Rolando Félix Armendáriz
Rolando Guadalupe Félix Armendáriz (1961-12-09 - 2007-09-09) was a Mexican Uto-Aztecanist.
Rolando Félix Armendáriz entered the B.A. Program in Linguistics at the University of Sonora, in Hermosillo, Sonora, México in August 1993. At the beginning he was interested in doing neurolinguistics, but eventually he turned enthusiastically to morphosyntactic research on Mexico’s native languages. This interest made him get involved – from 1998 to 2000 – in the first graduate class of the Master Program in Linguistics at the University of Sonora. During this period, he had the opportunity to attend courses lectured by Bernard Comrie, Robert D. Van Valin, Jr., T. Givón, William A. Foley, Karen Dakin, Thomas Smith-Stark, and other Mexican professors.
From August 2000 to June 2004 he pursued his Ph.D. studies at Rice University in Houston, Texas, where he was awarded with a scholarship. Immediately after that, he obtained an invitation from the Department of Linguistics at the Max Planck Institute for Evolutionary Anthropology in Leizpig, Germany, to write his dissertation.
Félix Armendáriz´s M.A. thesis deals with the grammatical relations in Yaqui taking Role and Reference Grammar as a theoretical approach. His work focuses on double object constructions, summarizing previous studies, in particular Escalante (1990) and Rude (1996), and centering on the coding and behavioral properties of the construction according to Keenan (1976). The thesis proposes that Yaqui is a primary object language, and that Yaqui is a language where grammatical relations as well as semantic relations are present.
At Rice University, Félix Armendáriz worked closely with James Copeland, Philip Davis, and Masayoshi Shibatani, who were also principal members of his dissertation committee. Bernard Comrie was an external reader. His Ph.D. dissertation, focusing on Warihío, another Uto-Aztecan language, was entitled A Grammar of River Warihio and was completed in 2005. This work contains detailed analyses of the complex and rich voice phenomena in addition to an overall description of the language in the functional-typological framework. It is also a useful reference grammar contributing especially to the understanding of many aspects of morphosyntax of Uto-Aztecan languages.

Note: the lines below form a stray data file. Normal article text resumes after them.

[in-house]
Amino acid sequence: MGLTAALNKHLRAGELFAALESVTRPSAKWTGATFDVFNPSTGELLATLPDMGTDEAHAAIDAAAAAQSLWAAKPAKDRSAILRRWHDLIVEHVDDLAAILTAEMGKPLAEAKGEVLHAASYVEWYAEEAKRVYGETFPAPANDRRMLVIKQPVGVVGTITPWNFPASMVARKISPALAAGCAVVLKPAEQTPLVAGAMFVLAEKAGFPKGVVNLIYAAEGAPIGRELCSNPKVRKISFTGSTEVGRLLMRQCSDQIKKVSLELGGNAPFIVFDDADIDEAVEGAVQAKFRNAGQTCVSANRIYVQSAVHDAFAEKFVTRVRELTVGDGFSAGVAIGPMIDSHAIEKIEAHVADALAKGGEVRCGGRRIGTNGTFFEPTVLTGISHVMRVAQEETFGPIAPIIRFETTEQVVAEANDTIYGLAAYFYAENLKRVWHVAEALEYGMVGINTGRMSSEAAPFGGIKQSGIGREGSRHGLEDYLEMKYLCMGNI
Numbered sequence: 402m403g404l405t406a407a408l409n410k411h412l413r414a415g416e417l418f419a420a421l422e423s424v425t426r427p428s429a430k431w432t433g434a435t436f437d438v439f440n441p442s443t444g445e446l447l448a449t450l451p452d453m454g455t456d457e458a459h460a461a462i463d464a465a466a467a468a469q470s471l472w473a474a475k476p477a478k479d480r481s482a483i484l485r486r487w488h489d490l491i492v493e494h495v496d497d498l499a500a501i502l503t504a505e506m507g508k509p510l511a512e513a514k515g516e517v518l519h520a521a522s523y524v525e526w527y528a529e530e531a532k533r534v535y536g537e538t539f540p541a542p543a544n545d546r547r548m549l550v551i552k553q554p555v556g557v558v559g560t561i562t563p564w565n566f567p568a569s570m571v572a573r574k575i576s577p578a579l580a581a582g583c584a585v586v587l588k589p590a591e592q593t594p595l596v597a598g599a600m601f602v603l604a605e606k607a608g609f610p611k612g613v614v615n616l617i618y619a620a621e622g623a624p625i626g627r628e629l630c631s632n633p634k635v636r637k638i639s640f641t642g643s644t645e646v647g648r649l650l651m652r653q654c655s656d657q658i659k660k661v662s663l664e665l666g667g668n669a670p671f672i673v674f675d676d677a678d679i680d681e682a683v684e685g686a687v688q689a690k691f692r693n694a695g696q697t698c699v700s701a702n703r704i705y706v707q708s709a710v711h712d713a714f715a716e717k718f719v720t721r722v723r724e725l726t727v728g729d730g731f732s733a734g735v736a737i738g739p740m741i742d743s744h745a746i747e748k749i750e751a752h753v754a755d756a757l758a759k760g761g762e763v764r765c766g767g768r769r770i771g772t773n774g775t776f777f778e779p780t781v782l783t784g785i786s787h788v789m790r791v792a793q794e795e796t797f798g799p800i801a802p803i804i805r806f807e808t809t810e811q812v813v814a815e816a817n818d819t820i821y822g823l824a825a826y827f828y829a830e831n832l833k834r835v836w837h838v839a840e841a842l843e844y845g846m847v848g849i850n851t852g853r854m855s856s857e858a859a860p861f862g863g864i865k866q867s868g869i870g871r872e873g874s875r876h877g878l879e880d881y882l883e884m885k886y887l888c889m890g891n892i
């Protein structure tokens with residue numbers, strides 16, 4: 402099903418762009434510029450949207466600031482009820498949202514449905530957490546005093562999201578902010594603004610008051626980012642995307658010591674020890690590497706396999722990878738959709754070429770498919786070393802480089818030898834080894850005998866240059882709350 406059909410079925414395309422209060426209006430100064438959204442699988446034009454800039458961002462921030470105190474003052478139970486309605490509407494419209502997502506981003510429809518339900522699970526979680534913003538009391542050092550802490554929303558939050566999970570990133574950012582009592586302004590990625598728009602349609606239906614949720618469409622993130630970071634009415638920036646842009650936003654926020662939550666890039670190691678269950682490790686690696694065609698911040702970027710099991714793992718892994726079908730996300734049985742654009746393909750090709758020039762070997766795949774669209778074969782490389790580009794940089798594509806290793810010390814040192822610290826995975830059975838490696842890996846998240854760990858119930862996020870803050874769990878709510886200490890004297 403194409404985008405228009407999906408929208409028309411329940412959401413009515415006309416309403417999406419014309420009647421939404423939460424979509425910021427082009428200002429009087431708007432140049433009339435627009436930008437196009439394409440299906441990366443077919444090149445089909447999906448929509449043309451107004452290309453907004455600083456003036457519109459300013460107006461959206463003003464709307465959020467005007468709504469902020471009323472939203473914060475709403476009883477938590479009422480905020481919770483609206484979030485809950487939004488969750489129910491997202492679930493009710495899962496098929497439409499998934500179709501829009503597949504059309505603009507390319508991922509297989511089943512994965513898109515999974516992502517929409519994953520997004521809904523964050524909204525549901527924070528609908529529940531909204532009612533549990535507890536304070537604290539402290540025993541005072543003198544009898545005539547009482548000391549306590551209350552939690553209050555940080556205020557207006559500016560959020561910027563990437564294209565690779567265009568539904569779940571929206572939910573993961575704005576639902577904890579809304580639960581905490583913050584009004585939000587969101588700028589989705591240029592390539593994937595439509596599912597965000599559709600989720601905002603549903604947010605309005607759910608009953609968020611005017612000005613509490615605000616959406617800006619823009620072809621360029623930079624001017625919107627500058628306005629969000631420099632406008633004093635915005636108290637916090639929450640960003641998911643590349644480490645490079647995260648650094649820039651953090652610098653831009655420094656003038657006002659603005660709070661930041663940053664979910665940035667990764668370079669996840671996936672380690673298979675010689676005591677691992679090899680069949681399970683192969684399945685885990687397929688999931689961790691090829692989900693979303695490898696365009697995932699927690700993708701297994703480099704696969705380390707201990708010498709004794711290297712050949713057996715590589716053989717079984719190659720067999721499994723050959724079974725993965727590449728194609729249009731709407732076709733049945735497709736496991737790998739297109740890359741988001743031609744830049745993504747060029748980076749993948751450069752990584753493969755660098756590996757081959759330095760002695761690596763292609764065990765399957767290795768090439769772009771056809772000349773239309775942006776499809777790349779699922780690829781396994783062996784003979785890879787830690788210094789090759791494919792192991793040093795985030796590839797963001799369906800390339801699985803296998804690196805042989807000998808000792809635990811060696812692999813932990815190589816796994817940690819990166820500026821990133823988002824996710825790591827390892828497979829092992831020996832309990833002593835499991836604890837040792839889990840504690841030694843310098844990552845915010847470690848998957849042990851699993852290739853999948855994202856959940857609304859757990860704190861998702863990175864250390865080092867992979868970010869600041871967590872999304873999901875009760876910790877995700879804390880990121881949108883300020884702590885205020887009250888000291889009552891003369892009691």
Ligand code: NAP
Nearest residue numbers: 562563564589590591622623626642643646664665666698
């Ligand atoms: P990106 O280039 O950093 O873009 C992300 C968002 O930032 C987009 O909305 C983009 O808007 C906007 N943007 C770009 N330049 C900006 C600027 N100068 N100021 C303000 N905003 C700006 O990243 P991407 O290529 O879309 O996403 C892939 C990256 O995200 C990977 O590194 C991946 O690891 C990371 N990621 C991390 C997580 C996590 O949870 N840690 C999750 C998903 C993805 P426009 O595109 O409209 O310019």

From 1998 to his untimely passing, Félix Armendáriz presented eighteen papers at several different international conferences, such as Workshop on American Indigenous Languages at Santa Barbara, the Annual meeting of SSILA, at Albuquerque, Syntax of the World's Languages at Leipzig, Congress 7 of the High Desert Linguistics Society at Albuquerque, and International Conference on Role and Reference Grammar at Mexico City, among others. In addition, Félix Armendáriz published approximately ten articles, dealing with morphosyntactic aspects of Warihio and Yaqui. However, his most important publication is the book A Grammar of River Warihio (Félix Armendáriz 2007), based on his dissertation. It is the first thorough treatment of one of the undescribed Uto-Aztecan languages of Sonora, Mexico, with approximately three thousand speakers.
- Félix Armendáriz, Rolando Gpe. 2000. Relaciones gramaticales en yaqui: un análisis en el marco de la Gramática del Rol y Referencia. M.A. Thesis, Master's Program in Linguistics, Universidad de Sonora, Hermosillo, Sonora, México.
- Félix Armendáriz, Rolando. 2004. Causation in Warihío. Santa Barbara Papers in Linguistics, Vol. 13. Proceedings from the sixth Workshop on American Indigenous Languages. Languages. April 23-25, 2003.
- Félix Armendáriz, Rolando. 2005. What is a passive? The case of Yaqui and Warihío. Santa Barbara Papers in Linguistics, Vol. 16. Proceedings from the eigth Workshop on American Indigenous Languages. Languages. April 21-23, 2005.
- Félix Armendáriz, Rolando Gpe. 2005. A Grammar of River Warihio. Ph.D. Dissertation, Rice University.
- Félix Armendáriz, Rolando Gpe. 2007. A Grammar of River Warihío. (LINCOM Studies in Native American Linguistics, 56.) Munich: Lincom. (ISBN: 9783895864735)
Materials for this articles were contributed by Zarina Estrada Fernández and Masayoshi Shibatani.